By Jesse Wood
The High Country hasn’t seen very much rain lately, and this past summer was one of the hottest on record.
‘Bone Dry’ in Boone
Boone has received 0.18 inches of rain in the first 22 days of September, according to RaysWeather.com’s archives.
The average amount of rain for this month is 4.79 inches. The least amount of precipitation for the month of September on record is 0.38 inches, which occurred in 1940 and the most is 23.01 inches in 2004, according to RaysWeather.com.
The U.S. Drought Monitor classifies Watauga and Avery counties as being in a “moderate” drought, which is above “abnormally dry” but not as dry as “severe,” “extreme” and “exceptional” droughts.
This morning RaysWeather.com posted on Facebook about this “bone dry” weather: “There has been very little rainfall so far this month. Next week might prove to be a bit wetter, but details are sketchy at best on prospects for significant rainfall. Any moisture would be welcome at this point.”
Hot Summer in NC, East Coast
With the fall beginning today, the State Climate Office of North Carolina released its summer weather recap. Their reported stated that the average temperature across the state was 77.69°F, which ranks as the fourth-warmest summer on record since 1895.
Above-normal temperatures were the norm this summer as several places in the state recorded its hottest summer on record. Out of the past 122 years, this year was the hottest Asheville has been.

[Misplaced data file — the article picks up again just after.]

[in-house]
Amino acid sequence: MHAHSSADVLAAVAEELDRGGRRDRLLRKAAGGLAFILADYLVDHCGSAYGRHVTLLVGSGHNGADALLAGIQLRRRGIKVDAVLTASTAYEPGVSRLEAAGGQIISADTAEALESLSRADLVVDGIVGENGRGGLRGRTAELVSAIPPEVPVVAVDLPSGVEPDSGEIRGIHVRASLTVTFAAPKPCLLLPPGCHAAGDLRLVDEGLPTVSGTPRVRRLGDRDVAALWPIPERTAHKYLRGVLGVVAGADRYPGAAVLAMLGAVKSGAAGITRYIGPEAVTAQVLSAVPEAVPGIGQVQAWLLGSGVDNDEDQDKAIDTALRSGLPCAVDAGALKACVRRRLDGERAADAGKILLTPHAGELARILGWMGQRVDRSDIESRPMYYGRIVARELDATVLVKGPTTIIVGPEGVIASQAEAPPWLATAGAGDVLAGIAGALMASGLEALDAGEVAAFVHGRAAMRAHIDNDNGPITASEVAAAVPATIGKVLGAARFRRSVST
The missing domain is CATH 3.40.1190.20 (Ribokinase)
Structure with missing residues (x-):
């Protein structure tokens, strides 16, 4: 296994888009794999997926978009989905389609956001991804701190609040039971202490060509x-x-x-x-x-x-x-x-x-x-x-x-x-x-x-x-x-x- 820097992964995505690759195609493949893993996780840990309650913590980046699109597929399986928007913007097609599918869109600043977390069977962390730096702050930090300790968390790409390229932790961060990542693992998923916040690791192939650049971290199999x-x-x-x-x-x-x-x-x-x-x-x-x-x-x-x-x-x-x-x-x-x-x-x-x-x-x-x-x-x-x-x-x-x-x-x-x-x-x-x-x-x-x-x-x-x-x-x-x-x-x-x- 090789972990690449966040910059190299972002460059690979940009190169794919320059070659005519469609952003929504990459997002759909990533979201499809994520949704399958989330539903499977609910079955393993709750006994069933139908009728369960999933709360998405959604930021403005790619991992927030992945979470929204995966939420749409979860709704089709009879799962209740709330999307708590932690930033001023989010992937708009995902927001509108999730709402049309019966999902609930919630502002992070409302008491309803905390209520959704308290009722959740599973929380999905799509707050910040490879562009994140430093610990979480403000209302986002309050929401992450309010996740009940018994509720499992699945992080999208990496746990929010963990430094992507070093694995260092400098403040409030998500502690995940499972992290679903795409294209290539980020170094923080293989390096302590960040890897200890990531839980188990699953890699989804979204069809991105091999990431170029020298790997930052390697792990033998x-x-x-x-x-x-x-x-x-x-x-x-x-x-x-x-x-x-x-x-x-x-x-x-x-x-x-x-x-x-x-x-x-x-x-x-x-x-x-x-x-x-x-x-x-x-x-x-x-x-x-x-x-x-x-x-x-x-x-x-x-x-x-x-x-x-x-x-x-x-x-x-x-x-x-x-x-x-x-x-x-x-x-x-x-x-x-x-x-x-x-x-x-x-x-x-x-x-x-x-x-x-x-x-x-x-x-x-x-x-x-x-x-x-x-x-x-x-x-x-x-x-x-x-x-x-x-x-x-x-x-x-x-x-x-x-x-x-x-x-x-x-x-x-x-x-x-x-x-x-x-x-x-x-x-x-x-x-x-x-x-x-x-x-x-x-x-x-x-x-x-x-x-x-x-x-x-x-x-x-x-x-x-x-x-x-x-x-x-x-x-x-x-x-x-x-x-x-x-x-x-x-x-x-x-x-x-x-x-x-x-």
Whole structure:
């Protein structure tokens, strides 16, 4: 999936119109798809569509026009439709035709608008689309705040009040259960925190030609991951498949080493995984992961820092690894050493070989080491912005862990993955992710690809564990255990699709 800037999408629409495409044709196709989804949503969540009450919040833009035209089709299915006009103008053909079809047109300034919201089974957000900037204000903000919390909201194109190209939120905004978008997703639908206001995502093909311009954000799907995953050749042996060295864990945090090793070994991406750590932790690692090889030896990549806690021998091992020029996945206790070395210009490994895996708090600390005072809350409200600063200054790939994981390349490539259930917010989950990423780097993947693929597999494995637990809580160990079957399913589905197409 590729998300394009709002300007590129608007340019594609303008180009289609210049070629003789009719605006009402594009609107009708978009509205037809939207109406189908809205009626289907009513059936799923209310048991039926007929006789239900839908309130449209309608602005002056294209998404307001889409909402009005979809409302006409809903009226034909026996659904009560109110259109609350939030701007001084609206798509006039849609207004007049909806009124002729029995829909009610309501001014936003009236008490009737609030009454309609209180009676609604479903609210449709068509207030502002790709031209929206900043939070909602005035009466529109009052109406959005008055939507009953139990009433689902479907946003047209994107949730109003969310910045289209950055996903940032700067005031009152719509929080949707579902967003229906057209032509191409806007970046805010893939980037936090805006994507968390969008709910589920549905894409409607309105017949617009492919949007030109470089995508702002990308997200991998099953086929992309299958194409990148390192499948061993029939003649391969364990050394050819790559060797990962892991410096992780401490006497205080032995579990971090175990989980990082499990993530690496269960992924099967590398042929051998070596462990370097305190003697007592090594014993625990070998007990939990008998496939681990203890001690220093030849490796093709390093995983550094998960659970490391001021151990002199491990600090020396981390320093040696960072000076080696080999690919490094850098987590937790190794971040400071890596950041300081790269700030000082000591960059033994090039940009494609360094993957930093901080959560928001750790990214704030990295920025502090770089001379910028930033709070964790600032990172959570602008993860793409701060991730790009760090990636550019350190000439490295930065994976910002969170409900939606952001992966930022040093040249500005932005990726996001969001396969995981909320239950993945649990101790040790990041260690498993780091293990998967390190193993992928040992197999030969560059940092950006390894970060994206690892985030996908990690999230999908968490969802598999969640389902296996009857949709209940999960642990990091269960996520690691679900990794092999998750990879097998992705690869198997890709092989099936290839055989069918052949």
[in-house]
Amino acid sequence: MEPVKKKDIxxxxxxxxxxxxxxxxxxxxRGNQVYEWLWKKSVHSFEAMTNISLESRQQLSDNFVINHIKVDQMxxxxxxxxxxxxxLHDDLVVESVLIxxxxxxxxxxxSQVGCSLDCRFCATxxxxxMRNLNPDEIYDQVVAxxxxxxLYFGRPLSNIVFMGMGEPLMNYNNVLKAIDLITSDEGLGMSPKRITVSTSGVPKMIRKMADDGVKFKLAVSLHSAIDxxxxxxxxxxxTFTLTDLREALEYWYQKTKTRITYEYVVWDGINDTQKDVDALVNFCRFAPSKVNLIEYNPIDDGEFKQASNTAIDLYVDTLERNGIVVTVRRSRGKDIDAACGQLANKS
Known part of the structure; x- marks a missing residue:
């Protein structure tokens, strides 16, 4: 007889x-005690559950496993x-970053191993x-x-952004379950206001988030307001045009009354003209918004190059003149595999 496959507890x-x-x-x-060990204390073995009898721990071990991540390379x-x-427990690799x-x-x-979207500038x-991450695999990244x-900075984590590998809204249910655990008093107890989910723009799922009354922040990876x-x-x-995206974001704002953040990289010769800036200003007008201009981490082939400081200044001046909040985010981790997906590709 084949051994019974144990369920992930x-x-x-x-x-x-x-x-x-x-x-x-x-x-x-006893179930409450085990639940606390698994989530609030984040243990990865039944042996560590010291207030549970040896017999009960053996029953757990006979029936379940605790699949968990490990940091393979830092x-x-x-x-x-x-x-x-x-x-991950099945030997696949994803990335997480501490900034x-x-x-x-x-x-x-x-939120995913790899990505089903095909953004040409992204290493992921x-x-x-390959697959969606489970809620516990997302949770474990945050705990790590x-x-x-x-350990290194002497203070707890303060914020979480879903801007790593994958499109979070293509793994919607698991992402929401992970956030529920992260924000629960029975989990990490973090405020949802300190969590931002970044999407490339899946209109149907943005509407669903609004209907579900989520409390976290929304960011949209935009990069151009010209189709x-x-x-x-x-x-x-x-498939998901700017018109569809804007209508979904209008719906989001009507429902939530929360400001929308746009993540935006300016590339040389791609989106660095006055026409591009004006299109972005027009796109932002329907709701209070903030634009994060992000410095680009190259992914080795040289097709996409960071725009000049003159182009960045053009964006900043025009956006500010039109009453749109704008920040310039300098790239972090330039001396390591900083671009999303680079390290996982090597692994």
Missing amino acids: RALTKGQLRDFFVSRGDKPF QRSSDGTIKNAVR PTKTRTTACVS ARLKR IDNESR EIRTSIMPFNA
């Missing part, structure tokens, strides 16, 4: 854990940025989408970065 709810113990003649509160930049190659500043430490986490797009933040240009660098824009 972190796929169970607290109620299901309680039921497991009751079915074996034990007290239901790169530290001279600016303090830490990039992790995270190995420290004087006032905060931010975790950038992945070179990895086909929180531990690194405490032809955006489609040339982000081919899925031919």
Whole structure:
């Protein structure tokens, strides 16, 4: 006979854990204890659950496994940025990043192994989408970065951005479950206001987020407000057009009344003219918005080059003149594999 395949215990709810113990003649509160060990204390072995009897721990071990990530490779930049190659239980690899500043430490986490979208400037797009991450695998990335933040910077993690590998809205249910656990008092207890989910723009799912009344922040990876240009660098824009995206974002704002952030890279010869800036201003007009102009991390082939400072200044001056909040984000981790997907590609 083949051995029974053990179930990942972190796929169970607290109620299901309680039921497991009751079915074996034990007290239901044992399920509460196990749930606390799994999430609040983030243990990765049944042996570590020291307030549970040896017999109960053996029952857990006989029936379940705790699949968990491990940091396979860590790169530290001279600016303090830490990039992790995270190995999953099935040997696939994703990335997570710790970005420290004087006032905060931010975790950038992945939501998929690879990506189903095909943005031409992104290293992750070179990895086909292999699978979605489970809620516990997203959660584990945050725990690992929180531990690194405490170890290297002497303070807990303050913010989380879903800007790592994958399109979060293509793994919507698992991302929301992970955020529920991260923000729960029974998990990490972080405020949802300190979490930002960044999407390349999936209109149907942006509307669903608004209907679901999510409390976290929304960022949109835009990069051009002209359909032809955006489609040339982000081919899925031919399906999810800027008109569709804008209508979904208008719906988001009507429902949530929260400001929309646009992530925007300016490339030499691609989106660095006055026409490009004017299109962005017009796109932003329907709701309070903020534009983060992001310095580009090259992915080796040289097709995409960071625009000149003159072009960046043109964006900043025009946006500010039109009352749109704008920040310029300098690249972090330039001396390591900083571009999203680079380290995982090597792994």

“While recent warm summers like 2010, 2011, and 2015 were all characterized by heat waves with temperatures exceeding 100 degrees, this year was a bit different. Only a handful of sites across the state ever saw the mercury reach the century mark, but temperatures in the 90s were widespread and persistent throughout June, July, and August,” according to the State Climate Office of NC.
NOAA’s Climate Prediction Center expects above-normal temperatures to remain across the East Coast for the rest of September and October.
More of the same – dry and warm weather – could impact fall leaf color, according to the Sate Climate Office of NC:
“The stress from the ongoing warm, dry weather could affect the leaf color across the state. In fact, reports from the Mountains suggest that some leaves are already beginning to change. If conditions remain dry as we head into the typical peak of fall color — which begins in early October at higher elevations and late October in the Piedmont — the colors may also not be quite as vibrant, and some trees may drop their leaves early.
“Of course, things could still change between now and then, so keep an eye on the trees in your area and an eye on the blog as we track conditions this fall.”